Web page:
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Moneychangers in Worship - learning from Jesus in Mark 11 and 12

Bible Study Ideas and Commentary for Mark 11:15-19, 12:41-44

In our passage this week, we are shown the wrong heart for worship, and we are shown the right heart. The temple leaders allowed merchants to interfere with the Gentiles who had traveled to the temple for worship. And yet a destitute widow still gave all she had to support that worship.

"My house will be called a house of prayer for all nations? But you have made it a den of thieves!” Mark 11:17

[Editor's note: this Bible study supplement started as a printed newsletter for teachers, which is why it is so text-heavy. I am slowly adding older lessons to our website.]

Getting Started: Things to Think About

Moneychangers in Our Churches?

Churches make plenty of decisions that make the rest of us shake our heads. But there can be a big difference between a questionable choice and an actual sin. In our passage this week, Jesus is going to overturn the tables of the moneychangers; I’m going to suggest that you start with “If Jesus were to show up in American churches today, what things do you think He would overturn and cast out?” When I’ve asked this question in groups past, it seems always to become a referendum on church coffee shops and church ATMs/giving kiosks. Is it that simple? Here's how to approach this: write down everyone's answers, and then after discussing the passage (and learning what Jesus was actually upset about), see if anyone has changed their mind.

[Just so you know: I think Jesus has two main rebukes: (1) the merchants (in cooperation with the temple leaders) were profiting off of the worshipers; (2) the merchants were creating a barrier against the worshipers. Let me apply this to coffee shops and kiosks. Is the coffee shop in the sanctuary such that it distracts worshipers? (Sadly, some churches have done this.) Does the church set high prices to profit off of members? (Rare, but not unheard of.) Does the church require members to buy their coffee? (I haven't heard of this happening.) How about kiosks: does the church require that members give in cash and charge a high fee to use the church’s ATM? (Surely no one is this bald-faced.) Does the church require that people swipe their card before they’re allowed in the sanctuary? (Can you imagine that?) That’s essentially what the merchants were doing. People were coming from all over the world for the Passover. Selling them animals to sacrifice, or offering moneychanging services, was not the problem—those are reasonable and useful services. It was the where and the how that upset Jesus. (We will see that Jesus cares most about the heart.)]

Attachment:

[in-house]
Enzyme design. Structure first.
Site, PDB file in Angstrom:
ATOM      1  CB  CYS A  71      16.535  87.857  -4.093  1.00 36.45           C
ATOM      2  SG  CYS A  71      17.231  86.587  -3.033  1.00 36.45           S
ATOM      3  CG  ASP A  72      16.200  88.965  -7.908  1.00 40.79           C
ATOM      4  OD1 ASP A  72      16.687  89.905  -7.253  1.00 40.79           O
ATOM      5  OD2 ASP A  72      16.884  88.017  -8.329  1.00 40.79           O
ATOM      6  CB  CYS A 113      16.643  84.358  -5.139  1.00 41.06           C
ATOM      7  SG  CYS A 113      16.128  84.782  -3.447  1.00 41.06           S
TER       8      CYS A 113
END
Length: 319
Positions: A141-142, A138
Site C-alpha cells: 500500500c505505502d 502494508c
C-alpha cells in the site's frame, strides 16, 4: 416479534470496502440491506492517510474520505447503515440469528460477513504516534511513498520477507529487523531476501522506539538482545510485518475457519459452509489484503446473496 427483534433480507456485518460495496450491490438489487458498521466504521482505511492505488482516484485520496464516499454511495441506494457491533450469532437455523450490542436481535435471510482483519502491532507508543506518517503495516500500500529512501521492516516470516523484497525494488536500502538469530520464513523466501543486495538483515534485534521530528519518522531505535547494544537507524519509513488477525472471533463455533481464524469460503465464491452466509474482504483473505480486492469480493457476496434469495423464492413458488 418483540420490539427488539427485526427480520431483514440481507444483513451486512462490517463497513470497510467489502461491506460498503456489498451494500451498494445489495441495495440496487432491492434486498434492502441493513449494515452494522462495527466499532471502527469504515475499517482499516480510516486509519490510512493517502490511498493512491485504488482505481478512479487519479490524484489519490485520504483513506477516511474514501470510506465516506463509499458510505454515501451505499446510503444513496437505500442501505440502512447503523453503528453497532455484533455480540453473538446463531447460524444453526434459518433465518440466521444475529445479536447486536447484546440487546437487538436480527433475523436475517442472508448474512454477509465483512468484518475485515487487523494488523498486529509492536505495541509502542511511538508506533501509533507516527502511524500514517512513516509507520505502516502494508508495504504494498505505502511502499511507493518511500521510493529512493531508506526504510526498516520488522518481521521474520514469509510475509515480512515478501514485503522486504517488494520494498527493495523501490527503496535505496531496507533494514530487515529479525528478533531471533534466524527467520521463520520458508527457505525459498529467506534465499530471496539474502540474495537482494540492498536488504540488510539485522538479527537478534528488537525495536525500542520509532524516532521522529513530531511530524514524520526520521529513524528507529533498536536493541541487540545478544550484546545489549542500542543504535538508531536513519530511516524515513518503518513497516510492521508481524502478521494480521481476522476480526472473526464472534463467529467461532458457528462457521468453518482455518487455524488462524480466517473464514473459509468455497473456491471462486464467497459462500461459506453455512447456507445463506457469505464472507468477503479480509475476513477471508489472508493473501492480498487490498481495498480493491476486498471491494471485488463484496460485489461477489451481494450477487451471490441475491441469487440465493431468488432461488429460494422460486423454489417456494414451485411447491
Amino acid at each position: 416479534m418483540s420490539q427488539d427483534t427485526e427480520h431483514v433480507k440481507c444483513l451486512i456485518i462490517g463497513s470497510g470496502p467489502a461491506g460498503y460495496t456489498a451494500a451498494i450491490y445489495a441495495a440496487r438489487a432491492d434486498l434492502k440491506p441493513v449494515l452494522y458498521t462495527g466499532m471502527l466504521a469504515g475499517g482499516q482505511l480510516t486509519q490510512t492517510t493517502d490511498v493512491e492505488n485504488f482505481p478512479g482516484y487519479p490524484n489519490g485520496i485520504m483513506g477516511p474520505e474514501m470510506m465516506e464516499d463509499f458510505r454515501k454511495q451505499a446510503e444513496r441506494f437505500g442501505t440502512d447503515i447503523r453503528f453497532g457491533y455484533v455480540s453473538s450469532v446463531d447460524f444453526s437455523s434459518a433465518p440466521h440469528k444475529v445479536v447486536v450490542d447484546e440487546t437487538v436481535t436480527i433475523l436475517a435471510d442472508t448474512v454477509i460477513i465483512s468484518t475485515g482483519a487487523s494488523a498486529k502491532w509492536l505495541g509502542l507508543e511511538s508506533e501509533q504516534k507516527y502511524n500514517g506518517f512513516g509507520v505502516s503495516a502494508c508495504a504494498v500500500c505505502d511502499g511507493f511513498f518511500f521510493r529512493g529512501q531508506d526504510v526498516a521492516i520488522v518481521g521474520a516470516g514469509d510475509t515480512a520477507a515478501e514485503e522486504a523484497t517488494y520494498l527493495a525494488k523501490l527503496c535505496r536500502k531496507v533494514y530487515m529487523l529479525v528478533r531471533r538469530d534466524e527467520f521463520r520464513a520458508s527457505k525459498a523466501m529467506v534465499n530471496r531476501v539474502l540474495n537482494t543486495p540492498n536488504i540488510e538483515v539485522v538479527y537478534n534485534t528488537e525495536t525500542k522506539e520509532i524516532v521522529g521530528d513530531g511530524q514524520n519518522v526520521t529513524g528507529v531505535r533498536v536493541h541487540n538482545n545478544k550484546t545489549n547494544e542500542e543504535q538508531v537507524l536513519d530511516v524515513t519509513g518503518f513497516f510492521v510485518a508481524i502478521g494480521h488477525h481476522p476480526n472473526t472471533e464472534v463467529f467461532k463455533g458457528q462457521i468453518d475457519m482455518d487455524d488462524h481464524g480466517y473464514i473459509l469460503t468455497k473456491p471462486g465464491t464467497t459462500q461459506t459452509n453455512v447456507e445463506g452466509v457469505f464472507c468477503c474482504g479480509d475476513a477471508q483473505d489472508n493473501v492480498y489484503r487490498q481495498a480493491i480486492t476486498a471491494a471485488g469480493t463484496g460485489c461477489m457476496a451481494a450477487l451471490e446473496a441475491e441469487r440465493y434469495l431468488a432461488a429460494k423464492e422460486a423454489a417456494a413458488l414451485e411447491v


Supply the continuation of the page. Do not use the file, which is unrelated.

Back to our churches. Coffee shops and giving kiosks aren’t necessarily a problem. But like everything else, we can turn them into a problem based on how we use them (and why we offer them). Yes, we can quickly point to the deplorable practice of some ministries—”send us money and we will pray for you”—but how different is that from the wealthiest church members getting preferential treatment? Do you remember the practice of pew rentals? (How did we ever justify that?) What about churches that consistently use significant amounts of worship service time to tell people to give more money? Posting giving totals? We can create many different barriers to worshipers in our churches if we’re not careful. (BTW: If you see this topic just starting arguments in your group, don’t use it! Let the obvious applications come up in the studying of Jesus' words in our passage.)

This Week's Big Idea: The Monday of Holy Week

Here’s a handy map for our passage this week (as with every graphic, you can click on it to enlarge). From Bethany, Jesus could essentially go straight to the temple complex without having to walk through Jerusalem proper (where He might be “kidnapped”). On Sunday, Jesus had made a grand entrance through the Sheep Gate and put the city on red alert. So on Monday (and again on Tuesday), Jesus likely went directly into the temple through the Shushah Gate. On Tuesday and Wednesday, Jesus did the bulk of His teaching outside the city (eg. The Olivet Discourse).

In these last days, Jesus’ Jewish enemies first tried to trap Him by getting Him to say something scandalous in public—”what authority do you have to do these things?” “should we pay taxes to Caesar?” “what about marriage in the resurrection?” “what’s the greatest commandment?”. But Jesus always “won” those encounters, so they shifted their tactic to straight betrayal, lies, and armed kidnapping. Our passage combines two separate events that happened in the temple.

About The Temple Complex